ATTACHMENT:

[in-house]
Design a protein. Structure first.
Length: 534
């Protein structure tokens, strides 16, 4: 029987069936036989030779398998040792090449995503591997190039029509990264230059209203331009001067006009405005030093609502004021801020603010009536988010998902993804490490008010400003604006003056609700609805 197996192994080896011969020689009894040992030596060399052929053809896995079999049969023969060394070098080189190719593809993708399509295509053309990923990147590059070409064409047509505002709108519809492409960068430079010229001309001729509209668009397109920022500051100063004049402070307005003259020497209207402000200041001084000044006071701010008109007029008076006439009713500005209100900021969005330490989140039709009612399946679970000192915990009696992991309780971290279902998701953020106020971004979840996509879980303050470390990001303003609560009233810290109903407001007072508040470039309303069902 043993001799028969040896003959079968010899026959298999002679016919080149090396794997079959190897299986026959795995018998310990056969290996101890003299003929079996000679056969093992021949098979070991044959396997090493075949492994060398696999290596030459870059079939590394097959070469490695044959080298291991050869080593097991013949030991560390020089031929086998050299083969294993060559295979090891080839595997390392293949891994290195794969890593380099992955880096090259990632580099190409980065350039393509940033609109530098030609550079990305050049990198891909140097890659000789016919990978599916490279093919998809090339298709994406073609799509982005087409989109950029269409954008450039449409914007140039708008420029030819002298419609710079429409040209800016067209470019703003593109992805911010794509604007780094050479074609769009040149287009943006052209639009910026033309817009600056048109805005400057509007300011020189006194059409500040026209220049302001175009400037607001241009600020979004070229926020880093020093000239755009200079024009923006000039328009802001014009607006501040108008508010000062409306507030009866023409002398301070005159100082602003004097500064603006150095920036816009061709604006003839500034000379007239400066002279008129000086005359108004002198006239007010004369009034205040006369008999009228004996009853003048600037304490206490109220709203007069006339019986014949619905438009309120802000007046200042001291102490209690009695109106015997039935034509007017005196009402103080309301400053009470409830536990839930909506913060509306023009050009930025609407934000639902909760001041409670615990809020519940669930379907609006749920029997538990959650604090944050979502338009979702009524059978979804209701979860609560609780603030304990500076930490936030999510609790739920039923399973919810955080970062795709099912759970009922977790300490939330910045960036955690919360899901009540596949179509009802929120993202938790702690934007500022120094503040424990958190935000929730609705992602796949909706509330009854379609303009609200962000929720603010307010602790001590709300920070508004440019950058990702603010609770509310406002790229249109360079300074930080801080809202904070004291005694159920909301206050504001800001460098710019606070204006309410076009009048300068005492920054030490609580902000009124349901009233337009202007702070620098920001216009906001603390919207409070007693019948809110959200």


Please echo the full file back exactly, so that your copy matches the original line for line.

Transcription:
[in-house]
Design a protein. Structure first.
Length: 534
């Protein structure tokens, strides 16, 4: 029987069936036989030779398998040792090449995503591997190039029509990264230059209203331009001067006009405005030093609502004021801020603010009536988010998902993804490490008010400003604006003056609700609805 197996192994080896011969020689009894040992030596060399052929053809896995079999049969023969060394070098080189190719593809993708399509295509053309990923990147590059070409064409047509505002709108519809492409960068430079010229001309001729509209668009397109920022500051100063004049402070307005003259020497209207402000200041001084000044006071701010008109007029008076006439009713500005209100900021969005330490989140039709009612399946679970000192915990009696992991309780971290279902998701953020106020971004979840996509879980303050470390990001303003609560009233810290109903407001007072508040470039309303069902 043993001799028969040896003959079968010899026959298999002679016919080149090396794997079959190897299986026959795995018998310990056969290996101890003299003929079996000679056969093992021949098979070991044959396997090493075949492994060398696999290596030459870059079939590394097959070469490695044959080298291991050869080593097991013949030991560390020089031929086998050299083969294993060559295979090891080839595997390392293949891994290195794969890593380099992955880096090259990632580099190409980065350039393509940033609109530098030609550079990305050049990198891909140097890659000789016919990978599916490279093919998809090339298709994406073609799509982005087409989109950029269409954008450039449409914007140039708008420029030819002298419609710079429409040209800016067209470019703003593109992805911010794509604007780094050479074609769009040149287009943006052209639009910026033309817009600056048109805005400057509007300011020189006194059409500040026209220049302001175009400037607001241009600020979004070229926020880093020093000239755009200079024009923006000039328009802001014009607006501040108008508010000062409306507030009866023409002398301070005159100082602003004097500064603006150095920036816009061709604006003839500034000379007239400066002279008129000086005359108004002198006239007010004369009034205040006369008999009228004996009853003048600037304490206490109220709203007069006339019986014949619905438009309120802000007046200042001291102490209690009695109106015997039935034509007017005196009402103080309301400053009470409830536990839930909506913060509306023009050009930025609407934000639902909760001041409670615990809020519940669930379907609006749920029997538990959650604090944050979502338009979702009524059978979804209701979860609560609780603030304990500076930490936030999510609790739920039923399973919810955080970062795709099912759970009922977790300490939330910045960036955690919360899901009540596949179509009802929120993202938790702690934007500022120094503040424990958190935000929730609705992602796949909706509330009854379609303009609200962000929720603010307010602790001590709300920070508004440019950058990702603010609770509310406002790229249109360079300074930080801080809202904070004291005694159920909301206050504001800001460098710019606070204006309410076009009048300068005492920054030490609580902000009124349901009233337009202007702070620098920001216009906001603390919207409070007693019948809110959200």